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    • 21416-01
    • †Global Health and Justice Practicum
    • Kapczynski
    • Tue 12:10 PM-2:00 PM
    • 3
    • Professional Skills
    • experiential
    • not applicable

    †Global Health and Justice Practicum (21416). 3 units. This course will fuse didactic and experiential learning on critical topics at the intersection of public health, rights and justice in the twenty-first century. Students will have the opportunity to explore analytic and practical frameworks that engage a diverse range of legal conceptions and processes that act as key mediators of health, including producing or responding to health disparities in the United States and worldwide. Readings and project approaches will draw from legal, public health, historical, anthropological and other fields to introduce students to the multiple lenses through which health issues can be addressed, and to build their competence to work with colleagues in other disciplines around such interventions.

    A central goal of the class is to equip students with the capacity to engage critically and constructively with the evolving tools of law, policy and rights in the context of global health. Through readings and real-world projects the students will have an opportunity to explore the means by which -- and with what limitations -- law, policy and rights can be used as tools to promote health within a global context. Students will work on projects in teams and be evaluated by their work product rather than a final exam.

    The practicum is a cornerstone in the Global Health Justice Partnership between the Yale Law School and the School of Public Health. There will be several clinic projects, and student interest will be taken into account when selecting project teams. Previous projects have focused, for example, on building a framework for UN accountability for the introduction of cholera to Haiti, and onaddressing barriers to access to new Hepatitis C treatment in low and middle income countries. Projects may also relate to US law and policy (for example, one recent project addressed state laws that create criminal penalty enhancements for sex workers with HIV, and another addressed the implications of recent free speech jurisprudence for the FDA's regulatory authority). Resources will be available for travel for students and faculty as needed. The course will be designed for a mix of public health students and law students, though select students from other disciplines may also be admitted. This course meets the YSPH OPHP practicum requirement for Masters/Public Health Students.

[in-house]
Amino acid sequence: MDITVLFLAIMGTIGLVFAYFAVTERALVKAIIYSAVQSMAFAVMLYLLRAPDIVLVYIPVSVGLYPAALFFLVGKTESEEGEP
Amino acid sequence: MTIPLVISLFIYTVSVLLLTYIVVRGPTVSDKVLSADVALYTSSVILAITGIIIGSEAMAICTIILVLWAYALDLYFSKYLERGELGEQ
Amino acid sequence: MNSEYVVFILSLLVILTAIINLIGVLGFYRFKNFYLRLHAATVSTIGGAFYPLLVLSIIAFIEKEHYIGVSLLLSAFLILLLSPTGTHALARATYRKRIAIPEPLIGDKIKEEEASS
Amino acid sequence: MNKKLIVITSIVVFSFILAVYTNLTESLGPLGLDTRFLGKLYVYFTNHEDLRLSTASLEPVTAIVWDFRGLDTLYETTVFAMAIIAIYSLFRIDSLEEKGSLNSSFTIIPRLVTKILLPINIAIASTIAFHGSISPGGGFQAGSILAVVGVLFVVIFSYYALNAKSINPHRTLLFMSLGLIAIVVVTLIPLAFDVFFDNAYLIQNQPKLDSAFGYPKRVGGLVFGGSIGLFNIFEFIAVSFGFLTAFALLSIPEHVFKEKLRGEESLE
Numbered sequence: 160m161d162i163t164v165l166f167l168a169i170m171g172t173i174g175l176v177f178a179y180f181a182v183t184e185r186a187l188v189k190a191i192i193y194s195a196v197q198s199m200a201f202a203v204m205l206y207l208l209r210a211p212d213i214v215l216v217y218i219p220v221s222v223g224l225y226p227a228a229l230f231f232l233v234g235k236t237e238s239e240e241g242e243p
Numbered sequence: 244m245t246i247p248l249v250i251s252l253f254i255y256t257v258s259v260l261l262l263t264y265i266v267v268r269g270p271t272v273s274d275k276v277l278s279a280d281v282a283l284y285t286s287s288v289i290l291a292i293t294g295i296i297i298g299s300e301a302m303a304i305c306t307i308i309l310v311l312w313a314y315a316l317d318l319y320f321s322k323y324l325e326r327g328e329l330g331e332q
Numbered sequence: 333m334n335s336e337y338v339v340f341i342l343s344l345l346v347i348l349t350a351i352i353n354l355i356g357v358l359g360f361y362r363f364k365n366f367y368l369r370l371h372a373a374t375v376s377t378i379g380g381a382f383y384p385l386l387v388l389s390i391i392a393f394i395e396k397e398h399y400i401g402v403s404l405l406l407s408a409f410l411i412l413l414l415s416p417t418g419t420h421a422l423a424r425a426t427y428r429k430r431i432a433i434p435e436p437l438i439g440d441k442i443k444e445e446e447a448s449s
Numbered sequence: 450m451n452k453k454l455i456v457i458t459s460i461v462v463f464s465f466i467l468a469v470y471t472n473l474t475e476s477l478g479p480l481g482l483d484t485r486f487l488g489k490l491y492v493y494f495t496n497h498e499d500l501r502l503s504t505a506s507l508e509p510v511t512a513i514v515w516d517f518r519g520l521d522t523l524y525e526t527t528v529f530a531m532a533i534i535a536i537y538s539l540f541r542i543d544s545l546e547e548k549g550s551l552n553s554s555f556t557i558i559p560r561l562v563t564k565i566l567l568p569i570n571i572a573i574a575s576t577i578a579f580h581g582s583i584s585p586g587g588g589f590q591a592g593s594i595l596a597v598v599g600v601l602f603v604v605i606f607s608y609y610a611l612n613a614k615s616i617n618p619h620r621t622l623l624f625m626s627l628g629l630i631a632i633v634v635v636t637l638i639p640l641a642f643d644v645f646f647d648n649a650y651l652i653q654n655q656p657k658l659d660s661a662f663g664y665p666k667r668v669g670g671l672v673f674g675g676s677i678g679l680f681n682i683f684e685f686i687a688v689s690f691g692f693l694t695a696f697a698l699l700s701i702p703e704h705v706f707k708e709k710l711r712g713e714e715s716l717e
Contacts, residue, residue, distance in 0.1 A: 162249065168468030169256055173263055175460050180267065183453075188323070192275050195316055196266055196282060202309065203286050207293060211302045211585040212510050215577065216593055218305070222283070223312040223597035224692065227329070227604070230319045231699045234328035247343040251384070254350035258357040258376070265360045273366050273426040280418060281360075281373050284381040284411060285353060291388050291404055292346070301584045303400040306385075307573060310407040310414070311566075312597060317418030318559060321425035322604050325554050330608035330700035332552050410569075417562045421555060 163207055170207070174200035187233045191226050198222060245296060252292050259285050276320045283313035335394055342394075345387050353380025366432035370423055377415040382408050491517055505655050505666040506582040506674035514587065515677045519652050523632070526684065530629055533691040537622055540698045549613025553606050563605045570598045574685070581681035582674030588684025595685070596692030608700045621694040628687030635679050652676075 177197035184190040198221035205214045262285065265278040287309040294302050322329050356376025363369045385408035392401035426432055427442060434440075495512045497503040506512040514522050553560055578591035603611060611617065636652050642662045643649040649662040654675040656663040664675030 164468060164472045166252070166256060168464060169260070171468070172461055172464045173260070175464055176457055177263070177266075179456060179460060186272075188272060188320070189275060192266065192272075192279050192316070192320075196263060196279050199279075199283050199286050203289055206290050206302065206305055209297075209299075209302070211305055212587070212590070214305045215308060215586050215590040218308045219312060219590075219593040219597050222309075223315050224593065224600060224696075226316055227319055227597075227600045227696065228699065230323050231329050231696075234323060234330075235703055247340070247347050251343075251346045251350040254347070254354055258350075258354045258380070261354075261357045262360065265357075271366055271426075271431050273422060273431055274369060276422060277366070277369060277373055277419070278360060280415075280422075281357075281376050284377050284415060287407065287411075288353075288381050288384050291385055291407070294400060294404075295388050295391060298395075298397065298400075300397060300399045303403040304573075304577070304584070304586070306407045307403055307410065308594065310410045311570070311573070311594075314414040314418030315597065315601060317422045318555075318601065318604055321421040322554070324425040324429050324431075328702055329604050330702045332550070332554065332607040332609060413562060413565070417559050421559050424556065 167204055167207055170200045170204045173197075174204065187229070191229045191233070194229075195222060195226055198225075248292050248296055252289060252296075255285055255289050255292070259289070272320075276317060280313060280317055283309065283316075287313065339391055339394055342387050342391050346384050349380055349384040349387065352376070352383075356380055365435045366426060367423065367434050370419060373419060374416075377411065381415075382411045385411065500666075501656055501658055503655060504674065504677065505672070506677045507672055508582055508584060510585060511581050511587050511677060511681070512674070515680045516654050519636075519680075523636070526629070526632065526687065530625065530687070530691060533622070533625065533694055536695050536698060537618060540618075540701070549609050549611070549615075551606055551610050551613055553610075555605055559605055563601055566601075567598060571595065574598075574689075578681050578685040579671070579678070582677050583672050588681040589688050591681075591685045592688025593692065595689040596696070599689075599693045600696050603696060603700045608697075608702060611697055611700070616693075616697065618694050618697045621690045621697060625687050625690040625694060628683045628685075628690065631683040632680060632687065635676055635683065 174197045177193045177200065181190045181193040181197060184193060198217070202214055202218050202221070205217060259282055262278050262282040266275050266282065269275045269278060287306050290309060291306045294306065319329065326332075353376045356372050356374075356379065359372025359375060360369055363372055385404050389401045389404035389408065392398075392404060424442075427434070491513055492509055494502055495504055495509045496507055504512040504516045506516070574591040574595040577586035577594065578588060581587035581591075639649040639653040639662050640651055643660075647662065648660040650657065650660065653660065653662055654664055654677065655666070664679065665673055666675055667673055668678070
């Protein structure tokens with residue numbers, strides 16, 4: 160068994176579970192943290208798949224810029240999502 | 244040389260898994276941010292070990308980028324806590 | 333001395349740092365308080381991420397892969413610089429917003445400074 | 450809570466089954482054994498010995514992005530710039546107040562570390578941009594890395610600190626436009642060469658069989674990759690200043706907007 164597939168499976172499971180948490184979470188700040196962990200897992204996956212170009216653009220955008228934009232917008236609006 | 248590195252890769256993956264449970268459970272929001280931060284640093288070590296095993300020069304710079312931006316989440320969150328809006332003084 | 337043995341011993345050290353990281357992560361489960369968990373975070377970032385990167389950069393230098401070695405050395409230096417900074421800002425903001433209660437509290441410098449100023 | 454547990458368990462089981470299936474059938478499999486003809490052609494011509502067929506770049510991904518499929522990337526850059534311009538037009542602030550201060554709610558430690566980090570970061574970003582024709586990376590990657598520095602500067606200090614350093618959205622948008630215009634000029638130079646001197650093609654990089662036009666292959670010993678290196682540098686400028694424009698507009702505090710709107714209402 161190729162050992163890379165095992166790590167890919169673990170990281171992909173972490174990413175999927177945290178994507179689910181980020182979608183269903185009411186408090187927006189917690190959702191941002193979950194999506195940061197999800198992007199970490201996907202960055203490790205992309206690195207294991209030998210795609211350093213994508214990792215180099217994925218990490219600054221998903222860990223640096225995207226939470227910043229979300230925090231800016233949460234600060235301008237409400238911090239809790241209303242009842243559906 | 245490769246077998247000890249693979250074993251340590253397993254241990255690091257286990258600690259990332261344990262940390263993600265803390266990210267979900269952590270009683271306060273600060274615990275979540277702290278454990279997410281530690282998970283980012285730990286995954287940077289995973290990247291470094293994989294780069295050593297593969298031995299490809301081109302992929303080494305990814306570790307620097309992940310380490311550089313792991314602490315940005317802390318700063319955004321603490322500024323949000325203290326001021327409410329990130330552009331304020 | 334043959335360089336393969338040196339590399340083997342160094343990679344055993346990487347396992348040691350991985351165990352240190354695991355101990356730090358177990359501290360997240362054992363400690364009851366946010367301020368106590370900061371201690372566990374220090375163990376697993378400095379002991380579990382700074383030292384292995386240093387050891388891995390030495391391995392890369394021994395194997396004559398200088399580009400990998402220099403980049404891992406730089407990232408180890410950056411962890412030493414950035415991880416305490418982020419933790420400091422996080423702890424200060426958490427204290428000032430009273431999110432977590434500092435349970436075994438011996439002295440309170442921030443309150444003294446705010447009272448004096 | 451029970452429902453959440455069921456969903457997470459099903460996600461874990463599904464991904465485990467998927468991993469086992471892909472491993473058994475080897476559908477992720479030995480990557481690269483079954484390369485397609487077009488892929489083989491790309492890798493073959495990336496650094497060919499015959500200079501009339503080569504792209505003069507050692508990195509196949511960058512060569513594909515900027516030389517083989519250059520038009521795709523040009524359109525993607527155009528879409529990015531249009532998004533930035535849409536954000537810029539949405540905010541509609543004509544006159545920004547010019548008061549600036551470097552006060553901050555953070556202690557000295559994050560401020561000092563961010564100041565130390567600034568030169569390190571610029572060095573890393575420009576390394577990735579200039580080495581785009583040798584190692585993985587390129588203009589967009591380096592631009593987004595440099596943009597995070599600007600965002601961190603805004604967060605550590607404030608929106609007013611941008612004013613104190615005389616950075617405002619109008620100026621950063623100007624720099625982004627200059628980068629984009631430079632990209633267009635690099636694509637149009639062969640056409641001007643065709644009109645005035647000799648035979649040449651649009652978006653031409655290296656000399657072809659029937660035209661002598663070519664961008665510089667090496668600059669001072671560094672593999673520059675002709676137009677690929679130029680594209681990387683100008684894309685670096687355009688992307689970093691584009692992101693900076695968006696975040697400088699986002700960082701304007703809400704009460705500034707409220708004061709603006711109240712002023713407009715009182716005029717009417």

This course will meet according to the Law School calendar. Permission of the instructors required. Enrollment limited to twelve. Also CDE 596b. A. Kapczynski, A. Miller, and G. Gonsalves.

    Note: We may also establish special sessions and makeup sessions to accommodate the difference between schedules on the main campus and in the Law School.

    Course Bidding: In addition to listing the course among experiential course selections, students should submit a CV and statement of interest. In the statement, law students should describe their interest in work on global and local health issues, as well as any relevant courses or other experience. Public Health students should describe their interest in policy and legal issues related to health, and any relevant courses or other experiences at the law/policy/health intersection. (Students outside of public health and law may be admitted to the course, and should write the instructors about the application materials required.) Law students should submit the materials by 4:30 p.m. on December 10. Other students should send materials to by 4:30 p.m. on December 10.

    Note: Because project work begins immediately, and is collaborative and intense, this is not a class that students will have the opportunity to "shop." Admitted students will be given early notice and asked to confirm their commitment to the course before the opening of the add/drop period. Enrollment in this class presumes a serious commitment of time, and projects immediately engage students in collective responsibilities; accordingly, there is a no-drop policy for this class.

    Location: SLB - 112 (Tue)
    Grade mode: graded
    CRN: 20405